U.S. Senator Chris Coons is the first member of Congress to travel to Liberia since the start of the Ebola outbreak. During his four day trip, he visited with deployed American troops, met with Liberian political leaders and explored Heart to Heart International’s new Ebola Treatment Unit in the town of Tappita.
Senator Coons of Delaware currently chairs the Senate Foreign Relations Subcommittee on African Affairs. He said his trip to Liberia was partly to remind Americans that the Ebola epidemic is far from over, to make a holiday visit with the troops and to provide some oversight of the funds committed to fighting Ebola.
Coons: “There are more than 2,000 U.S. troops currently serving on the front lines of our fight against Ebola, building hospitals and field clinics, but no Member of Congress has visited them yet. I think it’s important to show them our support, especially during the holiday season while they’re away from their loved ones. Congress also just approved more than $2.5 billion in emergency funding to fight the spread of Ebola in West Africa, and to ensure the virus does not overrun the region again. It’s Congress’ job to perform responsible oversight of that investment.”
Accompanying the senator on the tour of HHI’s Ebola Treatment Unit was US Ambassador to Liberia Deborah Malac and Major General Gary Volesky, commander of the 101st Airborne and overall commander of US troops in Liberia. Maj. Gen. Volesky had been to the Tappita site previously, as construction for the ETU was managed by the 36th Engineer Brigade, from Fort Hood, Texas.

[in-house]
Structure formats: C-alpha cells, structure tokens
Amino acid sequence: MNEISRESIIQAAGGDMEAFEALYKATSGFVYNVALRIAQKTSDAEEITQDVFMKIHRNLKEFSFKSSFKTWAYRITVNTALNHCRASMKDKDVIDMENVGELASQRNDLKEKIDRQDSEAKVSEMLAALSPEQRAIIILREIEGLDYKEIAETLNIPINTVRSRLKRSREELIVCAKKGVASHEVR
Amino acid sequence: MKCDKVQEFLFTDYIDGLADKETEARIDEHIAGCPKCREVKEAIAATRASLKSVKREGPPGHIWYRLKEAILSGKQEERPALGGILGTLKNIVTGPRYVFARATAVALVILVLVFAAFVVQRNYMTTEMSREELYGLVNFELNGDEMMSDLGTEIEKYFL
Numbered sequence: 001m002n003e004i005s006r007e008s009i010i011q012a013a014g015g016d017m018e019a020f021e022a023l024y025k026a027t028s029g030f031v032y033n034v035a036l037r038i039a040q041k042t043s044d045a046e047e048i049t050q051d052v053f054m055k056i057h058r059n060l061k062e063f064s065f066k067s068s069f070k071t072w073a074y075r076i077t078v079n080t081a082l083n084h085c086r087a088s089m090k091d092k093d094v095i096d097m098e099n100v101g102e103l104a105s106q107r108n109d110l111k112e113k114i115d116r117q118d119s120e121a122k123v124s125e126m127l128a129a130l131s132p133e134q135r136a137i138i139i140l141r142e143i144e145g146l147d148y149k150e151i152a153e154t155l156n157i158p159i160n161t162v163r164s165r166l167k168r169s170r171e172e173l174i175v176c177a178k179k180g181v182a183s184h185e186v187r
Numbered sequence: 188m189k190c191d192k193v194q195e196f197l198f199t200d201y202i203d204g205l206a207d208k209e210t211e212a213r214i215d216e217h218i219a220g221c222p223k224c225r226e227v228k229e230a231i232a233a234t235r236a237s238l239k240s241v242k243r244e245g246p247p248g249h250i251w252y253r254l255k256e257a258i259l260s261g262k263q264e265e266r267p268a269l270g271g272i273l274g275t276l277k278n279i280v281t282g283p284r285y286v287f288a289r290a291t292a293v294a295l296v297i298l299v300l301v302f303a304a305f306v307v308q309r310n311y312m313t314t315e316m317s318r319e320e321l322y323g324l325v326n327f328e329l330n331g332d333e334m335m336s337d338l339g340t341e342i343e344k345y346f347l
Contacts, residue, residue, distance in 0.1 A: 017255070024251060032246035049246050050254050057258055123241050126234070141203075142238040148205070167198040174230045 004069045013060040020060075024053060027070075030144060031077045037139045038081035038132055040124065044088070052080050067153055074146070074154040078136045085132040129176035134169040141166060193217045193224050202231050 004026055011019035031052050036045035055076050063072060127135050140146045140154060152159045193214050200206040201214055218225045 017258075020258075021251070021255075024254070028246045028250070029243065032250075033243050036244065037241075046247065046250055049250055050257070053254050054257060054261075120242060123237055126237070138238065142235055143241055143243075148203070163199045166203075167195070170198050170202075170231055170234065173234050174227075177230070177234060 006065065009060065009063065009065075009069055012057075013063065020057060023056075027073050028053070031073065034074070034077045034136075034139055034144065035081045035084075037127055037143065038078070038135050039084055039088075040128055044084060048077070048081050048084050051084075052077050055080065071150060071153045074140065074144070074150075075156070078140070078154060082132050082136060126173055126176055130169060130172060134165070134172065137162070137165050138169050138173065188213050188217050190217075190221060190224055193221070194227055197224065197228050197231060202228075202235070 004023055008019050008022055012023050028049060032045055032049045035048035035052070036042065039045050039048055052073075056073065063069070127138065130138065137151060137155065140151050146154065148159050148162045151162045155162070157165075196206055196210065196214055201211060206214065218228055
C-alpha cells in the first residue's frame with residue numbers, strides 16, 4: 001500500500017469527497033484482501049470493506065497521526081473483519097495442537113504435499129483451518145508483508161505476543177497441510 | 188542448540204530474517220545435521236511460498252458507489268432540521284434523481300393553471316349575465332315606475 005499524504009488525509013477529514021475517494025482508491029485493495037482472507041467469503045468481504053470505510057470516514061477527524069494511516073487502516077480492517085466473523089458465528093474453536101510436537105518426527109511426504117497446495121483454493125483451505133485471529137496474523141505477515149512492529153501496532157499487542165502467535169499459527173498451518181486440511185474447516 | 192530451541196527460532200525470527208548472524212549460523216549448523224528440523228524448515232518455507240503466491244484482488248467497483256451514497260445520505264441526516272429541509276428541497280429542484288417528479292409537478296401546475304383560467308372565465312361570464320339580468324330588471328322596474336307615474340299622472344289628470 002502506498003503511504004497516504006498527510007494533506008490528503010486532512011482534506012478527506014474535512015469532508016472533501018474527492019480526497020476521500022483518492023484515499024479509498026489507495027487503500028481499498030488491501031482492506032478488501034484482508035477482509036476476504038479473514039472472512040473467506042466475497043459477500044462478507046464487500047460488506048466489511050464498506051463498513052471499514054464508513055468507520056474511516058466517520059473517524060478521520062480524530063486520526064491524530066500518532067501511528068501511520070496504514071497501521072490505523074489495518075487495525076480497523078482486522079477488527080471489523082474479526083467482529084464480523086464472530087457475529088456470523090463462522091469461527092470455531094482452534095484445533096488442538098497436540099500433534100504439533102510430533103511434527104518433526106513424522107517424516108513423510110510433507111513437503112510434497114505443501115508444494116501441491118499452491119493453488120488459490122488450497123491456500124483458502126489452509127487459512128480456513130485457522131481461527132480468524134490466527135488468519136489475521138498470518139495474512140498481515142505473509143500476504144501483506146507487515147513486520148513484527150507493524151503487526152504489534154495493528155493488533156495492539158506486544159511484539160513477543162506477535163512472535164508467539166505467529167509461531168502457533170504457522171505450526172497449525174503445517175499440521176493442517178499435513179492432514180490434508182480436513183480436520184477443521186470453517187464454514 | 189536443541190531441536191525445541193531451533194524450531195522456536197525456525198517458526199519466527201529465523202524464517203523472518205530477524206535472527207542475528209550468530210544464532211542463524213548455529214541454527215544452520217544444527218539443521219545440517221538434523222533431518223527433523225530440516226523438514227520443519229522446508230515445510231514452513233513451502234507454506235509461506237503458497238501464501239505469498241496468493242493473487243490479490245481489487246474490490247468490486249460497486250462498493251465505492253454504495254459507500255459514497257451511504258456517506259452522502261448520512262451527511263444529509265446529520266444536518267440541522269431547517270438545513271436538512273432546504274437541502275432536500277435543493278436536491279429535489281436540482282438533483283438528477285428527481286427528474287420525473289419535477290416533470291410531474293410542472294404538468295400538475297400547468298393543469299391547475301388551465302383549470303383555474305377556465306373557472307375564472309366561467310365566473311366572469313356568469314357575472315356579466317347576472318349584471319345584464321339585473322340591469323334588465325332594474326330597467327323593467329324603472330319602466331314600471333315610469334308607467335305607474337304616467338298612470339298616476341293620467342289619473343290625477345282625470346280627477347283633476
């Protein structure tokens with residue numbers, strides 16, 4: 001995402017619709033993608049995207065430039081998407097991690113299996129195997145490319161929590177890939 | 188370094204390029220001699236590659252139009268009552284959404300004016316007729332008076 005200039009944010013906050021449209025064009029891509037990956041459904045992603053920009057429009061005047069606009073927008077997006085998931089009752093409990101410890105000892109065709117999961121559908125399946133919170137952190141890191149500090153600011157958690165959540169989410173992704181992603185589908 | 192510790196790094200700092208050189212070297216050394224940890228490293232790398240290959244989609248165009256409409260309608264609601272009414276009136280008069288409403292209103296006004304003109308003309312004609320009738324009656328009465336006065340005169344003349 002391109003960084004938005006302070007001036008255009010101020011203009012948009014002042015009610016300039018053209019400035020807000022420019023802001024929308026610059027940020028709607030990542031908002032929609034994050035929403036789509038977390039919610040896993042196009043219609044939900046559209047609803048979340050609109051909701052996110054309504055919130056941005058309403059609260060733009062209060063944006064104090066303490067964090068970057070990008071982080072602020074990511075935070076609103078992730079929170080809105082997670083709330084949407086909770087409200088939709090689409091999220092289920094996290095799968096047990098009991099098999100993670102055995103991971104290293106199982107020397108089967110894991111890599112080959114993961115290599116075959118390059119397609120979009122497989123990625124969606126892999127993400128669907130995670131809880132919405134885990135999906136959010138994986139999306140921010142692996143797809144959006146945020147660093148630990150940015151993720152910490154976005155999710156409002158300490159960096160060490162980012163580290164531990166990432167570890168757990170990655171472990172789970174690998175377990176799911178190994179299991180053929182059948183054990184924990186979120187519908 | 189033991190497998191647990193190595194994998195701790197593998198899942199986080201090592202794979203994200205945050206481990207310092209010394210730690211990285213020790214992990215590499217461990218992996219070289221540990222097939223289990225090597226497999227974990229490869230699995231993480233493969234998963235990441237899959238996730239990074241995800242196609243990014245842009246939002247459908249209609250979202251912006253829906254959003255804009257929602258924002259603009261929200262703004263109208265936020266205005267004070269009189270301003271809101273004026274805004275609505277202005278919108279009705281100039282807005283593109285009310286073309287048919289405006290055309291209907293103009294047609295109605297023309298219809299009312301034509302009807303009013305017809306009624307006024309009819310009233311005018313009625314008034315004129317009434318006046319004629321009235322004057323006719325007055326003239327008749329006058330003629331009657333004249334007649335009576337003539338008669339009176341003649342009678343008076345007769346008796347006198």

As the Huffington Post reported, Coons said he took plenty of precautions to avoid contracting the disease. “Every place I’ve gone I’m washing my hands with chlorine. Instead of handshakes we’re doing the ‘elboa,'” he said, referring to bumping elbows. Though the trip was considered a ‘low-risk’ visit the senator will follow protocols established by the Centers for Disease Control, his health will be monitored and his temperature taken every day for three weeks as a precaution.
Coons also told the Washington Post he had seen first-hand how international groups, like Heart to Heart International, along with local Liberian efforts had changed the trajectory of the epidemic in the country.